Create the new calendar and the tap on the spam invitation and tap calendar and select your new spam calendar. You can after doing this delete the new spam calendar along with all the spam notifications.

The method I used (which was before I knew about the previous method) was to decline the spam invitation (I was lucky that I only had two or three) and then delete that calendar merging the events with an existing (or you could create a new) calendar.

Hopefully Apple will release a fix for this in the near future.

So how do I do that then…

One of the issues when using a new laptop or a new operating system, is remembering how to turn on everything you use regularly or sometimes turning them off.

I download images from my Flickr collection quite a bit, probably more so than using Photos or iPhoto. With a new Mac laptop I was getting very slightly annoyed that after downloading the images, they would open in Preview. I knew on my iMac I had turned this off, but could I remember how, no I couldn’t. I had done it a fair few years ago now, as I had migrated my settings to the new iMac (and I think I even did it before that one too).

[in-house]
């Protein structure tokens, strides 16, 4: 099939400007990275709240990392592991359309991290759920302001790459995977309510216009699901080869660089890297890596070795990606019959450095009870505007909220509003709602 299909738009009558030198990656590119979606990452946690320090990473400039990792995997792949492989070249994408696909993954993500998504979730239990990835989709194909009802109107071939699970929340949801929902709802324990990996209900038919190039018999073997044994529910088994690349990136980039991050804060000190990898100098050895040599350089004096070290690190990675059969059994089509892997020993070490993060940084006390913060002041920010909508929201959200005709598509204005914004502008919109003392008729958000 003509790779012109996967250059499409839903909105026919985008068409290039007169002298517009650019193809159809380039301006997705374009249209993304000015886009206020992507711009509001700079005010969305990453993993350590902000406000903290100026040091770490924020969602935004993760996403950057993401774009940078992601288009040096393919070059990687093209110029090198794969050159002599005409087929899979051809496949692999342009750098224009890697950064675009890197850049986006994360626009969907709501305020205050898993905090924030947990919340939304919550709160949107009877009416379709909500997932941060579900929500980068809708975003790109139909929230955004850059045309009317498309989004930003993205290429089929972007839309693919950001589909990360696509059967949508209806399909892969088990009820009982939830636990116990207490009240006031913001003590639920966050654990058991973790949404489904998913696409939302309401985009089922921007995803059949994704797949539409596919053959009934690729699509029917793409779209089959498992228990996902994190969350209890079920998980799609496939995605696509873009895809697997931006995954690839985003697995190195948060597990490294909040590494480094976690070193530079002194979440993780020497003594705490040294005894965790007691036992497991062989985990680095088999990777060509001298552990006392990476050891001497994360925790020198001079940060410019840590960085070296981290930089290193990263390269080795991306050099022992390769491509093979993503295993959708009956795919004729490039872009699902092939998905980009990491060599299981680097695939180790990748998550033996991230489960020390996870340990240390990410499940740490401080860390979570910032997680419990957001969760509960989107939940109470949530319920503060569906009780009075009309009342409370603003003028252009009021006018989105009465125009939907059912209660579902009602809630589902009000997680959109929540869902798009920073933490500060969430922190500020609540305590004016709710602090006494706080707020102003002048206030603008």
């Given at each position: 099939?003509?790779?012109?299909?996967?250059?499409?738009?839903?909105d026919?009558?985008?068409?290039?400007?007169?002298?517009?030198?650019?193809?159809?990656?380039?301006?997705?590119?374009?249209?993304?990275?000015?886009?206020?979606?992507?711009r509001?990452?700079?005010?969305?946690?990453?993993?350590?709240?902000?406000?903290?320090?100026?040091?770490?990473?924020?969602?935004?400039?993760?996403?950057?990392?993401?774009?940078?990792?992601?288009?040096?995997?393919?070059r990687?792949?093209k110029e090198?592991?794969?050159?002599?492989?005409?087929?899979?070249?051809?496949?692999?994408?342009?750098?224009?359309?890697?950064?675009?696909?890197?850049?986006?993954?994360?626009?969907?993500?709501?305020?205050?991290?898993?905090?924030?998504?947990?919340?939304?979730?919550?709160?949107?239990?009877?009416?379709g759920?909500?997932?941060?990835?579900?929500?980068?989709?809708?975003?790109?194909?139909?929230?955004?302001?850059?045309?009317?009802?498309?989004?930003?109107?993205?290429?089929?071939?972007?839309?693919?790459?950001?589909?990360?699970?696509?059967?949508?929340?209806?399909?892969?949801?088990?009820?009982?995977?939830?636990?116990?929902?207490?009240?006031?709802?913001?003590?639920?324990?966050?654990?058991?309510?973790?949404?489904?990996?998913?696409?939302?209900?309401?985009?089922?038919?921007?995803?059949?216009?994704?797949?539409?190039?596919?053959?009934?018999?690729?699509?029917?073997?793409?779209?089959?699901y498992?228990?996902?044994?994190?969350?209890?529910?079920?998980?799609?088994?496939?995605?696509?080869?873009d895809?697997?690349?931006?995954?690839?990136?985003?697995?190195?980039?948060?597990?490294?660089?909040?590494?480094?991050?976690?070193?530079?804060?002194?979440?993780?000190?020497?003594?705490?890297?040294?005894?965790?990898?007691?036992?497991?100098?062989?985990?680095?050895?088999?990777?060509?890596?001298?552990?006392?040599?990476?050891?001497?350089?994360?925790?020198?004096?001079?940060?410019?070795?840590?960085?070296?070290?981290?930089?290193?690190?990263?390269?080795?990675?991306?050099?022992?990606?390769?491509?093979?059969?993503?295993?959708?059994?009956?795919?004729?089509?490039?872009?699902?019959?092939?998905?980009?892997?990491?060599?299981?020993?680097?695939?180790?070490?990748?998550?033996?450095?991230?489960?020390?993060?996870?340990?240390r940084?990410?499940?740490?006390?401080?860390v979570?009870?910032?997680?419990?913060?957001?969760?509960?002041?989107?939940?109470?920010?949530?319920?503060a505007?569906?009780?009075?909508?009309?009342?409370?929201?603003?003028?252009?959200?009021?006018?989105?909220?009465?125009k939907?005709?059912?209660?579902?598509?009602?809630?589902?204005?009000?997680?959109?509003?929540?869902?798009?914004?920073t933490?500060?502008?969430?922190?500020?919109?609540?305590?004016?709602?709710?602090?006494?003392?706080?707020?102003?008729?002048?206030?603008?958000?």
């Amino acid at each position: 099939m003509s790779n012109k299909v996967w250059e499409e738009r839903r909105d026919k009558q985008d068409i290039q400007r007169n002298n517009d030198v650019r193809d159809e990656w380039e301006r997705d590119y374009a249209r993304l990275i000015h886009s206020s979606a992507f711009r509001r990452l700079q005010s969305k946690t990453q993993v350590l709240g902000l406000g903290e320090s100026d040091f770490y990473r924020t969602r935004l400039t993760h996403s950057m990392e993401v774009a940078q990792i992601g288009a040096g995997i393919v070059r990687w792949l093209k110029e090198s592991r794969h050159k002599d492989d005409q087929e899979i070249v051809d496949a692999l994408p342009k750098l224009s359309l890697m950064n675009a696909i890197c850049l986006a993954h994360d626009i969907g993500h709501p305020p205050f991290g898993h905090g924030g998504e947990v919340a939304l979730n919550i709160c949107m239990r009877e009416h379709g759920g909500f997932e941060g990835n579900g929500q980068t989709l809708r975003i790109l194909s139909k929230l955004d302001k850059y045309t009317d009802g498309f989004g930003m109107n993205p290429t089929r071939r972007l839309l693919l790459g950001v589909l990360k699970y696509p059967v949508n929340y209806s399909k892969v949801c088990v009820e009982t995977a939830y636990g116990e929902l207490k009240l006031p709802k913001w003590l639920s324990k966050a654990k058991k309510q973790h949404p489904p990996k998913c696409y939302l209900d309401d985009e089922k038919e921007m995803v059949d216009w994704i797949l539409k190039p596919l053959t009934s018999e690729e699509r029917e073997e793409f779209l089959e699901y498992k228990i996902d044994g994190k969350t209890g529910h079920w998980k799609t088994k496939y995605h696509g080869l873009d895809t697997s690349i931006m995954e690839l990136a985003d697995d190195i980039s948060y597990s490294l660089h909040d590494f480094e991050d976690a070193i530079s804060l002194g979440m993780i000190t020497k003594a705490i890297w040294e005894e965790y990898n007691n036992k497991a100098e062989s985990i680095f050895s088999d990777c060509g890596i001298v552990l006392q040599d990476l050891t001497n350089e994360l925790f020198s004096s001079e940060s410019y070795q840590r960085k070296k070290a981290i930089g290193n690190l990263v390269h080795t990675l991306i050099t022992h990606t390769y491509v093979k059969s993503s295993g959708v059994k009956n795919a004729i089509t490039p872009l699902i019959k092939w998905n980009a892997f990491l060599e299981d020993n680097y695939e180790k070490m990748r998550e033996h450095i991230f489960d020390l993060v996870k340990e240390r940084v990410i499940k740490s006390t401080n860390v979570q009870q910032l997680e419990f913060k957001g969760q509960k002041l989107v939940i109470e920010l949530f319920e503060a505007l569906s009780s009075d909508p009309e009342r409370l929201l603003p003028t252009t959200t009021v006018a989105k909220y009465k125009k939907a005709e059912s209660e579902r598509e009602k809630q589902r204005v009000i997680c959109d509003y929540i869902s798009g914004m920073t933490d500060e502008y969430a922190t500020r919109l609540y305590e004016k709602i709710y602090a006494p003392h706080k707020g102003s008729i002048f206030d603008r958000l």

I did do a quick Google search and saw that it wasn’t a Preview setting, but was a preferences setting in Safari. I was using search terms such as stop Preview opening downloaded images but I suspect a better search term would have been  stop Safari from opening downloads.

So from the menu, Safari -> Preferences.

Click the General tab if isn’t showing already.

Preferences

At the bottom is a check box, which says: Open “safe” files after downloading. “Safe” files include movies, pictures, sounds, PDF and text documents and archives.

I do like how Apple puts safe as “safe” which means they should be safe, but should be treated as “safe”.

Uncheck the box and Safari will no longer open files automatically.

Preferences

What I usually do is if I do want to open them, say a PDF, is I drag the file from the Downloads folder onto Preview in the Dock.

4G’ing it

iphone 6s plus Photo credit: Yanki01 via Visual Hunt / CC BY

I have now been on Three for nearly six months and I am still pleased with the speed of the connection and reliability of the service.

In some areas I am getting nearly 50Mb download speeds.

Download speeds

There are some days when the connection appears to stall, but this is short lived.